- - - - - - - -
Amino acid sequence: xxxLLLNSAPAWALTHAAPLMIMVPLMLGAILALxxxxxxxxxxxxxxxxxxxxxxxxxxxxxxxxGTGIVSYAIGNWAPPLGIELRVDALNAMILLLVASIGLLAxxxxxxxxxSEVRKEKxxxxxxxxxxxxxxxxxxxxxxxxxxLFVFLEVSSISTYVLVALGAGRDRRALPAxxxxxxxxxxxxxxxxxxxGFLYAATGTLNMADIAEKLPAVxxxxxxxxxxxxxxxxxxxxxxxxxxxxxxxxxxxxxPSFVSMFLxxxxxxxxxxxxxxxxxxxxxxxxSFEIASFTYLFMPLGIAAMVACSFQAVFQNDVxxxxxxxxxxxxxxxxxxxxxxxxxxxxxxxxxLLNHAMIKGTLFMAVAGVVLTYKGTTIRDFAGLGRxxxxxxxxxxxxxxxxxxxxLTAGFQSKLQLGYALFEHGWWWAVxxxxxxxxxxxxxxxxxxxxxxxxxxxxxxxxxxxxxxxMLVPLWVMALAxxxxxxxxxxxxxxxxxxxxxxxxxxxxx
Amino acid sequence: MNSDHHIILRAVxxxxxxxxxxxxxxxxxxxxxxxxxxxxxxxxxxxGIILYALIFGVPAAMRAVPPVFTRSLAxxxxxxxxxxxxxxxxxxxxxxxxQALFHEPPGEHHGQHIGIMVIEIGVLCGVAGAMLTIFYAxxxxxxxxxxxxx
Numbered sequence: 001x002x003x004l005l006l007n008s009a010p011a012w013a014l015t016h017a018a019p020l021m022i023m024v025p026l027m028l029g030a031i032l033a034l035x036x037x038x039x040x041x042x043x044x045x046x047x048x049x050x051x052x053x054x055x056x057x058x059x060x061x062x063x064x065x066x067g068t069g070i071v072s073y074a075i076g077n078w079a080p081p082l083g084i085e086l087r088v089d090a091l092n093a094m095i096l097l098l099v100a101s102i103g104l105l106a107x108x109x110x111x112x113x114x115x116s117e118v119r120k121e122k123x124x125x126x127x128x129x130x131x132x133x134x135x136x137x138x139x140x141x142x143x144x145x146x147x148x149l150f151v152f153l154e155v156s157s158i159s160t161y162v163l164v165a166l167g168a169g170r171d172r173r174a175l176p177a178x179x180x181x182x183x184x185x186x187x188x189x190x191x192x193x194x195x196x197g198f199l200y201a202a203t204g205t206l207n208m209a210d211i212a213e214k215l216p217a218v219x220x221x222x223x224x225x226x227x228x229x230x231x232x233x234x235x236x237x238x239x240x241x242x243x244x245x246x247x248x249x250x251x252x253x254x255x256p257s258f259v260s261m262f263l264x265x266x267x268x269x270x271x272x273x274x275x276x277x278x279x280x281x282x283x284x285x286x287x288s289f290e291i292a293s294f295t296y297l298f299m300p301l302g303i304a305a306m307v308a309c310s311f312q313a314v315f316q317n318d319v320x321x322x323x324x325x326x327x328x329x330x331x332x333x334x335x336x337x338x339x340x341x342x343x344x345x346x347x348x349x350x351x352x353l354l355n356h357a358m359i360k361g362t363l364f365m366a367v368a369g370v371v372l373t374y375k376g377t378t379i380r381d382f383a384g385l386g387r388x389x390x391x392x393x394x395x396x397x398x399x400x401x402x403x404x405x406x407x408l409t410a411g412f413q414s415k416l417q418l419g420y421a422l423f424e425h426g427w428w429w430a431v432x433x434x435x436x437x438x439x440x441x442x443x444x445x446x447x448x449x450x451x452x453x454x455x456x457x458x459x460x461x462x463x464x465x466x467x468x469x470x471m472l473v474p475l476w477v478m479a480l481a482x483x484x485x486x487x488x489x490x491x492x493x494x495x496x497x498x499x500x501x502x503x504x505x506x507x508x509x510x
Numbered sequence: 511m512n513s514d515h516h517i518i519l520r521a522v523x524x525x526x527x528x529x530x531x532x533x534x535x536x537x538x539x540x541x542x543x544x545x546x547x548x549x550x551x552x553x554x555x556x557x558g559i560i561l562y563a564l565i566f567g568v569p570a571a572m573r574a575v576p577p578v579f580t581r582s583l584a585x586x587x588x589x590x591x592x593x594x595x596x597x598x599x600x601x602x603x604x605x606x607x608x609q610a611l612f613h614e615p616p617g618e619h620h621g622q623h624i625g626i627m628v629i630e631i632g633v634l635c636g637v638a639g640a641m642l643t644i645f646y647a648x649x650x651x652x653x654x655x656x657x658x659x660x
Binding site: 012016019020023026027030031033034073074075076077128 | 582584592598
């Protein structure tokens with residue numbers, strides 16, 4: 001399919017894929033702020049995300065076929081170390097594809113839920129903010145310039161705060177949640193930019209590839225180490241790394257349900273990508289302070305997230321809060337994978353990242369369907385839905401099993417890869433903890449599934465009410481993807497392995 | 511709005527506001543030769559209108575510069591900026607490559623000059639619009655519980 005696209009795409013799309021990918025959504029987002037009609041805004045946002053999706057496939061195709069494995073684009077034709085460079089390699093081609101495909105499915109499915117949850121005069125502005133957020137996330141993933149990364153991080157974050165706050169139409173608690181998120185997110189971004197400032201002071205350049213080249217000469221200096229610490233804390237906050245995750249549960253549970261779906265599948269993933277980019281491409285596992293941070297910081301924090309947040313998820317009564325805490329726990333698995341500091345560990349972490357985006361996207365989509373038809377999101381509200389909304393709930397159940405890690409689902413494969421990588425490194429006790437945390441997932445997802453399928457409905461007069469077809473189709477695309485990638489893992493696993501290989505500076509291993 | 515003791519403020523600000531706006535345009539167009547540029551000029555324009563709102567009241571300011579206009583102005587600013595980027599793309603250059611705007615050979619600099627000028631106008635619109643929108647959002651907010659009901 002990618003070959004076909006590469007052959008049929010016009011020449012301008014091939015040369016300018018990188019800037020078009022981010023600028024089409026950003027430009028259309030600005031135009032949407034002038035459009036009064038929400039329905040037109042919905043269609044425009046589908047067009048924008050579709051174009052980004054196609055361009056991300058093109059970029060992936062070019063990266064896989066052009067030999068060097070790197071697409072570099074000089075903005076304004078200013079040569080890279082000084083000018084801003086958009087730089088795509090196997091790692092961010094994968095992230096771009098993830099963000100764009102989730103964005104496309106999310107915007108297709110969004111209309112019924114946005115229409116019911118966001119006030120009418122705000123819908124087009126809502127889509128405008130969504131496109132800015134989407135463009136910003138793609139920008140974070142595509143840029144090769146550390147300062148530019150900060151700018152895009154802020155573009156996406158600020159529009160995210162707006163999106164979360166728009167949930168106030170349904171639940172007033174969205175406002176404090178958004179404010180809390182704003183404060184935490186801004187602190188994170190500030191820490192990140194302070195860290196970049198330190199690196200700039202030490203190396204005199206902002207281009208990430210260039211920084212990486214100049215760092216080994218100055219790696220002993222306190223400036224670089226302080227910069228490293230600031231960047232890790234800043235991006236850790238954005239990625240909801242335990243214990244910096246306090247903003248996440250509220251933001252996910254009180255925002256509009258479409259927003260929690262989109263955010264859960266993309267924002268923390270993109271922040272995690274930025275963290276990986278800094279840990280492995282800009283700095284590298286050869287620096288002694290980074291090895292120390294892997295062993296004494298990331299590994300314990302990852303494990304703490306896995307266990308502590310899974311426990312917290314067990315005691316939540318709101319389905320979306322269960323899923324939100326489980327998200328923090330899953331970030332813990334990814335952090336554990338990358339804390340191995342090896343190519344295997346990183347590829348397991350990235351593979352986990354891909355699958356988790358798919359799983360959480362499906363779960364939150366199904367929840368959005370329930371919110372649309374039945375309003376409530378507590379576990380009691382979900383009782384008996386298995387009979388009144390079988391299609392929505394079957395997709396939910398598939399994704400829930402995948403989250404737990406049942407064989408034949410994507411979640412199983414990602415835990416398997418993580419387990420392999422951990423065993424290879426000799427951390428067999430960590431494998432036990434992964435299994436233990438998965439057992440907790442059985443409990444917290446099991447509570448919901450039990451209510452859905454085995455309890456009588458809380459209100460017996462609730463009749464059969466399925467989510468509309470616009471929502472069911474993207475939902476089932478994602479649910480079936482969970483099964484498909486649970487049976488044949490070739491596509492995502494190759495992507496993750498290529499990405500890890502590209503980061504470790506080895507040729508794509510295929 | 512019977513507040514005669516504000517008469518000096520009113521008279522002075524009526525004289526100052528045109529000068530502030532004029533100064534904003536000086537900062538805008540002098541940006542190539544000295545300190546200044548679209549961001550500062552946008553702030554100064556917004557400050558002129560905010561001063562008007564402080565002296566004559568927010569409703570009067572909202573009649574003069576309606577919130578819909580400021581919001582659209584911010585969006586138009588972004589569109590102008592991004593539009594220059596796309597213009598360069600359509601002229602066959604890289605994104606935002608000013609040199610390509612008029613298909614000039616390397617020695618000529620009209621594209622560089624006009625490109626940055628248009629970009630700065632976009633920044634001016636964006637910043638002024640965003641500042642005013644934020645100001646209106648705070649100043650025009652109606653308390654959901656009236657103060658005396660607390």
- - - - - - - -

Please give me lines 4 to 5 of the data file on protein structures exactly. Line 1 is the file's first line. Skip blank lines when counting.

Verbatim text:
Numbered sequence: 511m512n513s514d515h516h517i518i519l520r521a522v523x524x525x526x527x528x529x530x531x532x533x534x535x536x537x538x539x540x541x542x543x544x545x546x547x548x549x550x551x552x553x554x555x556x557x558g559i560i561l562y563a564l565i566f567g568v569p570a571a572m573r574a575v576p577p578v579f580t581r582s583l584a585x586x587x588x589x590x591x592x593x594x595x596x597x598x599x600x601x602x603x604x605x606x607x608x609q610a611l612f613h614e615p616p617g618e619h620h621g622q623h624i625g626i627m628v629i630e631i632g633v634l635c636g637v638a639g640a641m642l643t644i645f646y647a648x649x650x651x652x653x654x655x656x657x658x659x660x
Binding site: 012016019020023026027030031033034073074075076077128 | 582584592598